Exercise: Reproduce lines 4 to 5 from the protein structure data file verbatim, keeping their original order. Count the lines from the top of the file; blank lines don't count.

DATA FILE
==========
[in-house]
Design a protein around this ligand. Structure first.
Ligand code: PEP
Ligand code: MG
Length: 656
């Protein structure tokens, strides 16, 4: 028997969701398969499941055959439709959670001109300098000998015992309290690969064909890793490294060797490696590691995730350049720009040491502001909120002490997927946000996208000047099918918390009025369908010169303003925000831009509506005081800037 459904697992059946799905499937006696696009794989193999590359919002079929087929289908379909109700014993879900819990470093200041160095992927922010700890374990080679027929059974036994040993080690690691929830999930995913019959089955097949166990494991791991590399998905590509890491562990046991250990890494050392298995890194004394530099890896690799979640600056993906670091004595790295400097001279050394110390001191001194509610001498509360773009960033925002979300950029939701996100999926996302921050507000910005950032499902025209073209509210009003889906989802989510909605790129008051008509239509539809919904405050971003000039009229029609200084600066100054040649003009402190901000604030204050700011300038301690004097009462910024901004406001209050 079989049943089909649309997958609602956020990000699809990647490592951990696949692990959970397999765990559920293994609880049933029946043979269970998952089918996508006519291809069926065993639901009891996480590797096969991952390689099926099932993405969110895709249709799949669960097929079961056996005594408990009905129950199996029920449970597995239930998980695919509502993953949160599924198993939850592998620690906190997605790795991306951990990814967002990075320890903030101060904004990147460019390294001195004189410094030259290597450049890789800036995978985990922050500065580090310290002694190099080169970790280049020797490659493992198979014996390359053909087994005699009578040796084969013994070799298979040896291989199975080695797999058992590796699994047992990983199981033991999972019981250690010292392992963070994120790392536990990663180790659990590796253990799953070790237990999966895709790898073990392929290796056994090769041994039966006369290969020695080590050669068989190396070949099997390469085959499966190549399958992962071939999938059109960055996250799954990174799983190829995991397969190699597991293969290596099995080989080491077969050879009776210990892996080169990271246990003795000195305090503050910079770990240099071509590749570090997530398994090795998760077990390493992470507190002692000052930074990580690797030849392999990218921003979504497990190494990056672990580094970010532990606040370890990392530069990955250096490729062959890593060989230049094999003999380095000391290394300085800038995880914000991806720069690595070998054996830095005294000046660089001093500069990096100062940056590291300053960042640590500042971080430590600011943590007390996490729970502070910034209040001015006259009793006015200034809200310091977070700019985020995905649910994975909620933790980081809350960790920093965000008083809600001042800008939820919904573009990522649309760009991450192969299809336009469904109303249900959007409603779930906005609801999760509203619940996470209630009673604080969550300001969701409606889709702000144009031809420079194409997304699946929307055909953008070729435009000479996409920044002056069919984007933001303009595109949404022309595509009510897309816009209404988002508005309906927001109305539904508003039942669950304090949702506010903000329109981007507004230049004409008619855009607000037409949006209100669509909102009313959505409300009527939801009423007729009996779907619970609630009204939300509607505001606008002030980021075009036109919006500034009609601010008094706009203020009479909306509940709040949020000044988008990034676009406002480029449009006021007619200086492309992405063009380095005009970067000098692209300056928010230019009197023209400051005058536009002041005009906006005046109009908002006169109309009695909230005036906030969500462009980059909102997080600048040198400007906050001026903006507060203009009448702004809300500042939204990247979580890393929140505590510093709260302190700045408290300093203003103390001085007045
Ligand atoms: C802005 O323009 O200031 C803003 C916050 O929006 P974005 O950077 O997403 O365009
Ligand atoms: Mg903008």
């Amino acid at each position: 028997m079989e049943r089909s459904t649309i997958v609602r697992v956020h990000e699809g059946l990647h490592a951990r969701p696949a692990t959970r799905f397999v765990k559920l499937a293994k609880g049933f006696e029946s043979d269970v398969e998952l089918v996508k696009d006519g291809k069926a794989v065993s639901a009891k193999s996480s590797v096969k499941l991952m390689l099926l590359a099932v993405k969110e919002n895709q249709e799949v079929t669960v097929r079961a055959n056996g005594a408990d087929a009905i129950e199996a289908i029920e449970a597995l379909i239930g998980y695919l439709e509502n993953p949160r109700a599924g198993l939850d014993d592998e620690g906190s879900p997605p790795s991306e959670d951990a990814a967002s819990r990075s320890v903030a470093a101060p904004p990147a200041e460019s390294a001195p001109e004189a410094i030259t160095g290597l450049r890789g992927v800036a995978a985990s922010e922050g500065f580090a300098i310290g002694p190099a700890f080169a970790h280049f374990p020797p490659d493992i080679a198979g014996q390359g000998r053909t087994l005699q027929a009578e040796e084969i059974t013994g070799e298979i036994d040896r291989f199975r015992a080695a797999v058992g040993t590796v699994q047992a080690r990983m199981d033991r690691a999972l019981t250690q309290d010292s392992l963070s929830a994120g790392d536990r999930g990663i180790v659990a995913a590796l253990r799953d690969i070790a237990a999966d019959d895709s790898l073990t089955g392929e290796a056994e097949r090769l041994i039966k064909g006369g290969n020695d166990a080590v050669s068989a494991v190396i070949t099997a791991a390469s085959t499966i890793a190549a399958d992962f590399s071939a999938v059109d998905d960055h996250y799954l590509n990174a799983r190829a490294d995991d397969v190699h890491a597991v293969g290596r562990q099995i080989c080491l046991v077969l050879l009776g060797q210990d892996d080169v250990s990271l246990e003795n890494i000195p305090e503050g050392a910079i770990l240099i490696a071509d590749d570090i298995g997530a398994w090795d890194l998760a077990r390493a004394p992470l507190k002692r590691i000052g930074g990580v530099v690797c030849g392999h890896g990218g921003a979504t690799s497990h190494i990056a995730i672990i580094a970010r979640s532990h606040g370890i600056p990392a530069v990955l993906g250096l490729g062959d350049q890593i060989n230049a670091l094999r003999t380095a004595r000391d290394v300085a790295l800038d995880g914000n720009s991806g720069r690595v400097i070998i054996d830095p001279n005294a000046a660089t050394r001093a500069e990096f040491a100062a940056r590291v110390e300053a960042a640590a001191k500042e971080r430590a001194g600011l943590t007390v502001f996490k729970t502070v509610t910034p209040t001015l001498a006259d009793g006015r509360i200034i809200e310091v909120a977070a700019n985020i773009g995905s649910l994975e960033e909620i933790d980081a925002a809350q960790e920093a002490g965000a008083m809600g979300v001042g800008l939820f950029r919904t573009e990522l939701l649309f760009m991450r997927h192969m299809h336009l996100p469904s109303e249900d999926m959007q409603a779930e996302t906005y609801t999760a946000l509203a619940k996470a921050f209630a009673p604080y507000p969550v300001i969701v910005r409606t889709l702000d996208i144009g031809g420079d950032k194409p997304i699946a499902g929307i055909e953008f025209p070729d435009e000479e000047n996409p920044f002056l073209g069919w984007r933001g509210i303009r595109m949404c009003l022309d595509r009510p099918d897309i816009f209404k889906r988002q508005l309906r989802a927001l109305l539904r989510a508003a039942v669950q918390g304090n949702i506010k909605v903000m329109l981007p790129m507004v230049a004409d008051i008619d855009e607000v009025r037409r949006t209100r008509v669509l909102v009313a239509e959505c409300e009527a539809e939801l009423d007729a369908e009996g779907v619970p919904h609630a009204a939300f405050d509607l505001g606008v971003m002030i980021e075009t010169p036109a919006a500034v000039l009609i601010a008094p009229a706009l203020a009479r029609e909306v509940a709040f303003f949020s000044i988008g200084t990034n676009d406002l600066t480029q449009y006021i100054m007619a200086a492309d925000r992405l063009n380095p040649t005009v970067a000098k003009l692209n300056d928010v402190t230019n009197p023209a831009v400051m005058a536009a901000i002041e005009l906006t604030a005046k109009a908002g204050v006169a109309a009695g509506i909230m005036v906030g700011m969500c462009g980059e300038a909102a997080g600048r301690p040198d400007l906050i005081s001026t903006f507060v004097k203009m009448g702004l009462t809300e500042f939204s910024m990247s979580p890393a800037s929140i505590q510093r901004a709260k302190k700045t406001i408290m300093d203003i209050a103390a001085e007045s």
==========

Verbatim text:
Ligand code: MG
Length: 656